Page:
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Test Recipes: The Classic Tiramisu (original recipe?)
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PostPosted: Fri Mar 05, 2010 4:39 pm    Post subject: Tiramisu Reply with quote

Oh and I almost forget,he did also use ladyfingers,and egg yolks,It's almost the same like you made it Michael.I don't believe there is a risk for salmonella,thanks to the alcohol of the Marsala and the heating to making it into a custard...
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PostPosted: Mon Mar 08, 2010 4:40 am    Post subject: Reply with quote

I made this twice and it was incredible! I will probably make it again...
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PostPosted: Sat May 15, 2010 12:37 am    Post subject: Reply with quote

The original was aimed at children and elderly and contained no alcohol, any tiramisu with alcohol in it isn't original.

I am looking for it aswell I only know the ingredients but not the precise recipy.

Wiki helped me figure out the part about the first tiramisu not containing alcohol.

On the other hand it's just curiosity on my part, those myriad of "tiramisu" recipies around nowadays taste great too.
I'm just interested in the origins and to make such a non alcoholic one myself out of curiosity and for fun
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PostPosted: Wed Jun 30, 2010 8:40 am    Post subject: The original Tiramisu Reply with quote

I have found the website of the original Tiramesu:
Recipe here:

This site is built with the support of the Treviso city so it seems to be legit.

There's also a video (in italian) of Roberto Linguanotto explaining the history of this cake and then he's also preparing a Tiramesu:

Traditionally, the Tiramesu had been made only with egg yolks, sugar, mascarpone, lady fingers, strong espresso and cocoa. No egg whites, no alcohol.
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PostPosted: Thu Nov 25, 2010 6:21 am    Post subject: thanks Reply with quote

I've been using this recipe for the past few years... the only exception is that I've never used masala wine (only out of wanting to drink the leftover liquor).

I've used rum... But I think I will try cognac or brandy next time, that's what the baker across the street uses.

Thanks so much. Everyone feigns for the tiramisu I prepare. Today I actually baked my own ladyfingers!
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PostPosted: Wed May 18, 2011 4:18 am    Post subject: Just tried the recipe Reply with quote

The recipe was wonderful!!! I made some substitutions due to the lack of availability of the ingredients (used the same measurements):
marsala wine = cognac
lady fingers = marguerite cookies

I soaked the marguerite in the espresso for more than a few seconds, until the under side was soft to touch, it used more espresso than the recipe called for.

The result was a stronger alcohol smell, but you barely tasted the alcohol (I usually hate drinks where I can smell/taste the alcohol in it). All in all it came out perfectly, I already can't wait to try it again. Also thinking about substituting the marscapone with some cream cheese, although I think it'll need to be of a more spreadable variety or perhaps thinned out a bit with some cream.....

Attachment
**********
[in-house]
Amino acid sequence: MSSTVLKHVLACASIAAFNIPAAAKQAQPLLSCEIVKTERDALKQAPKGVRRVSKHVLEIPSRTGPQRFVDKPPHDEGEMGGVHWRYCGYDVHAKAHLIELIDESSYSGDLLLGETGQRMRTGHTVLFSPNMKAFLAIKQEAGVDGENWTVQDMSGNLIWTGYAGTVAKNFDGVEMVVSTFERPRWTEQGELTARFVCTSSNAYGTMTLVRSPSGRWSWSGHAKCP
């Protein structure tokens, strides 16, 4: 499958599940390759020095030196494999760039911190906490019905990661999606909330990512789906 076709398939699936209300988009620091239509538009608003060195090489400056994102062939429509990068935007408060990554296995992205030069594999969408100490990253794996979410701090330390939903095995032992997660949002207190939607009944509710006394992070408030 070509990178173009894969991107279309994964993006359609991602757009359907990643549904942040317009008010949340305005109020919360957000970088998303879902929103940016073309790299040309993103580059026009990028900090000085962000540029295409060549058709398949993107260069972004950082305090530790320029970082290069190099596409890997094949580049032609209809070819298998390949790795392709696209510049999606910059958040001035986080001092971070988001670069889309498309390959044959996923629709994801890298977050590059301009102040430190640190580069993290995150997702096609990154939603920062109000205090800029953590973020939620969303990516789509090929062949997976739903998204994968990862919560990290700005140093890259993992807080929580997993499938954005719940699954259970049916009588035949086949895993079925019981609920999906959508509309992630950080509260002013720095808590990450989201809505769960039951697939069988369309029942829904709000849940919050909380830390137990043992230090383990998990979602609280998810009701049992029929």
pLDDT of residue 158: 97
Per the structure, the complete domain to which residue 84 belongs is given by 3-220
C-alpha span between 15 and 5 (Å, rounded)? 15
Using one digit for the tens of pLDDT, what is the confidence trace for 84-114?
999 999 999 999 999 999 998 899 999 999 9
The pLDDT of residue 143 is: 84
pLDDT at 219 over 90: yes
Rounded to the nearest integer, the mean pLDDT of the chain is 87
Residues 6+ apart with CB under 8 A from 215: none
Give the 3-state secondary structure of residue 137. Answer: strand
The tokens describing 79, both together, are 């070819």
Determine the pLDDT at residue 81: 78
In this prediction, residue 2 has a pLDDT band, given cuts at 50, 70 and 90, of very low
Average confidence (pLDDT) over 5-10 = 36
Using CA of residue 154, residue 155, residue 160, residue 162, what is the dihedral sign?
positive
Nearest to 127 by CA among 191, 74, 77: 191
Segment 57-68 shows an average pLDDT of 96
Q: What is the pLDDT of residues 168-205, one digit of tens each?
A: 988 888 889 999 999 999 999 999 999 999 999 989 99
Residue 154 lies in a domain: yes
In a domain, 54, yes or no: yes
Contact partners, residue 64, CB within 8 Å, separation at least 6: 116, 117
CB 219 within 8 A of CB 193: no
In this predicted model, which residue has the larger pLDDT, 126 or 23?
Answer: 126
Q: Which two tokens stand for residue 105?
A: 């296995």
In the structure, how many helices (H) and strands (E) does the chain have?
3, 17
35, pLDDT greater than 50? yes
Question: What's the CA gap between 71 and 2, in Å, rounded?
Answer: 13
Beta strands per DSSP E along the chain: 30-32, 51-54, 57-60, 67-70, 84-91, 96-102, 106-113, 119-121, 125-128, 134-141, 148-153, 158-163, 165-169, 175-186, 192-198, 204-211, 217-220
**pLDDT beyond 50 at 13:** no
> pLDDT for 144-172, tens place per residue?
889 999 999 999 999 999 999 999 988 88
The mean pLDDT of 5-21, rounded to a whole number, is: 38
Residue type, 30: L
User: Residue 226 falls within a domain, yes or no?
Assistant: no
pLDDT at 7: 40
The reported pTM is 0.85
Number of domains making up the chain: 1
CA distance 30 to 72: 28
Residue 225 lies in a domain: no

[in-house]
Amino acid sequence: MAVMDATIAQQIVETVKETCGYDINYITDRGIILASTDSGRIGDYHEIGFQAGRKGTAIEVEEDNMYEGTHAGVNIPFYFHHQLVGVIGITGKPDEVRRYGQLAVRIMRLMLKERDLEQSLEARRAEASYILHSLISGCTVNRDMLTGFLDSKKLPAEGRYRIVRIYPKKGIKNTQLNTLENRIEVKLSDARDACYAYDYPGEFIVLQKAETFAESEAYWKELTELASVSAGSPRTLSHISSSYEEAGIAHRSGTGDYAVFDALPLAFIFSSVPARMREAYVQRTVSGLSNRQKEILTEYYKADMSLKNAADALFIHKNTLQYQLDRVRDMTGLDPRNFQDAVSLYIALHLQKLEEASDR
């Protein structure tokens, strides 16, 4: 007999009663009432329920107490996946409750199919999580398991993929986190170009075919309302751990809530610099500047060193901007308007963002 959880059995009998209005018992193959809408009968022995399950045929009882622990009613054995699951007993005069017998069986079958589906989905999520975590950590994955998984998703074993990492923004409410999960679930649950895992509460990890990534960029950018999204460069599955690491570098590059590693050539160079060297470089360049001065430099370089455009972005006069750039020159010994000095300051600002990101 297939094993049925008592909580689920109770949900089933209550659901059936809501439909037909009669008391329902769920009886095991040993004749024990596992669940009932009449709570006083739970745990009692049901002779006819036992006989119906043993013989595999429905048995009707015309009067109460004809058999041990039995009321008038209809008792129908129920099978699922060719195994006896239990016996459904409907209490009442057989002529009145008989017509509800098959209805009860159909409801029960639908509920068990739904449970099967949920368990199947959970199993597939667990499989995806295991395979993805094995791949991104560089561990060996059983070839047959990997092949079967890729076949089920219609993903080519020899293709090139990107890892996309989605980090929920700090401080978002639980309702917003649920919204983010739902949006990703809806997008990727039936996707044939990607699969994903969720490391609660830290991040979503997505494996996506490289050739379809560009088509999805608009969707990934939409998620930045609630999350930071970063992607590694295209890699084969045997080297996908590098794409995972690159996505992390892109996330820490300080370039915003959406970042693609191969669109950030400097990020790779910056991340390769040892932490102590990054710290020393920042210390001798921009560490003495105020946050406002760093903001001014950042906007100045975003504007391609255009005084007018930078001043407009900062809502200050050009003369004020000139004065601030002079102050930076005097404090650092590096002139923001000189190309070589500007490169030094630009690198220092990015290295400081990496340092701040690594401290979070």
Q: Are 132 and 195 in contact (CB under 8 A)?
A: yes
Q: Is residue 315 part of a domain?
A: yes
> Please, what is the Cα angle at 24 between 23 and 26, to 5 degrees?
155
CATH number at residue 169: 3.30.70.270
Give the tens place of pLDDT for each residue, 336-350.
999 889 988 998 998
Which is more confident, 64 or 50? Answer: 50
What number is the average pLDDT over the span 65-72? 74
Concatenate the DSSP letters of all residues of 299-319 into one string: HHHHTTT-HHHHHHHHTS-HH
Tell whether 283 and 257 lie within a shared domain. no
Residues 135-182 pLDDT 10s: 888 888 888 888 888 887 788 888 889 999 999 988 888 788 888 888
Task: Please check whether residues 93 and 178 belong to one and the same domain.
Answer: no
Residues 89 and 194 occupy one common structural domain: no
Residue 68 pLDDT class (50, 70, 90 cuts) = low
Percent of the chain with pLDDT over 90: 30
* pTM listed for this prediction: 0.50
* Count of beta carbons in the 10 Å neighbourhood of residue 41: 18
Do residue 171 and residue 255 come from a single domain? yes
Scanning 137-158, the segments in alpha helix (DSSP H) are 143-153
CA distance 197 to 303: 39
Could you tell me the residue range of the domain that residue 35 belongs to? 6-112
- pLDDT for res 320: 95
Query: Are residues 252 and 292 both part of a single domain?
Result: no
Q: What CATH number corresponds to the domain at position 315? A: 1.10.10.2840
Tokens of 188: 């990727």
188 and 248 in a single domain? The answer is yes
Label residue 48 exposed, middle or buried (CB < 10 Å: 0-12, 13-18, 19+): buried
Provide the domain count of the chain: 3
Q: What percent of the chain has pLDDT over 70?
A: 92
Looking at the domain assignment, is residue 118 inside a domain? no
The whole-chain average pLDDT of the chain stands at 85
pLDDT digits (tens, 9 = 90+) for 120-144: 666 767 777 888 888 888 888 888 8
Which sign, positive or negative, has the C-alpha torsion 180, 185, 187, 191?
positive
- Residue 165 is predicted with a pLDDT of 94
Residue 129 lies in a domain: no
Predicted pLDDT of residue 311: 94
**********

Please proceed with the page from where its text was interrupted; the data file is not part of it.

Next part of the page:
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not an engineer!

PostPosted: Sat Jun 11, 2011 11:26 pm    Post subject: fab recipe, thanks Reply with quote

I followed the recipe step by step - it worked a treat. Each bit on its own tasted great. Waiting to taste the concoction as a whole tomorrow. I did fortify my version with a good splash of rum into the epresso. Might agree on a lighter layer of cocoa before leaving the Tiramisu to set and a final dusting before serving, but followed you instructions anyway - mine turned out to be a right beauty. xx
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PostPosted: Wed Jun 22, 2011 6:39 am    Post subject: lady fingers Reply with quote

a good lady finger brand to try is stella doro. they are hard and soak well w/o falling apart. i find them most in the midwest hard to find on the west coast.
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PostPosted: Sat Jun 25, 2011 8:07 am    Post subject: I am going to made tiramisu by myself too Reply with quote

Wow,the comments above spread from 2005 to today now.AMAZING!
"Too many cooks spoil the broth." That is true.
I have prepared a set of ingredients.But right after looking at this site. I find out some is unnecessary.Like whipped cream. I was going to use whipped egg whites, egg yolks,whipped cream,kahlua,rum and of course mascarpone. and try to figure out what the exact function of each ingredients is. Because I am not familiar with western desserts.
Tiramisu I tasted in my place mostly are disaster.It tastes too bad. I must make one by myself.
This artical and the comments really help me!
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PostPosted: Sun Aug 28, 2011 2:19 am    Post subject: Why not try the recipe on the BelGioioso mascarpone 8oz pk? Reply with quote

I have no idea what the original should taste like but I have NEVER had a tiramisu like the one I had in a (now closed) italian restaurant in Valley Village California served at my sister's wedding rehearsal party.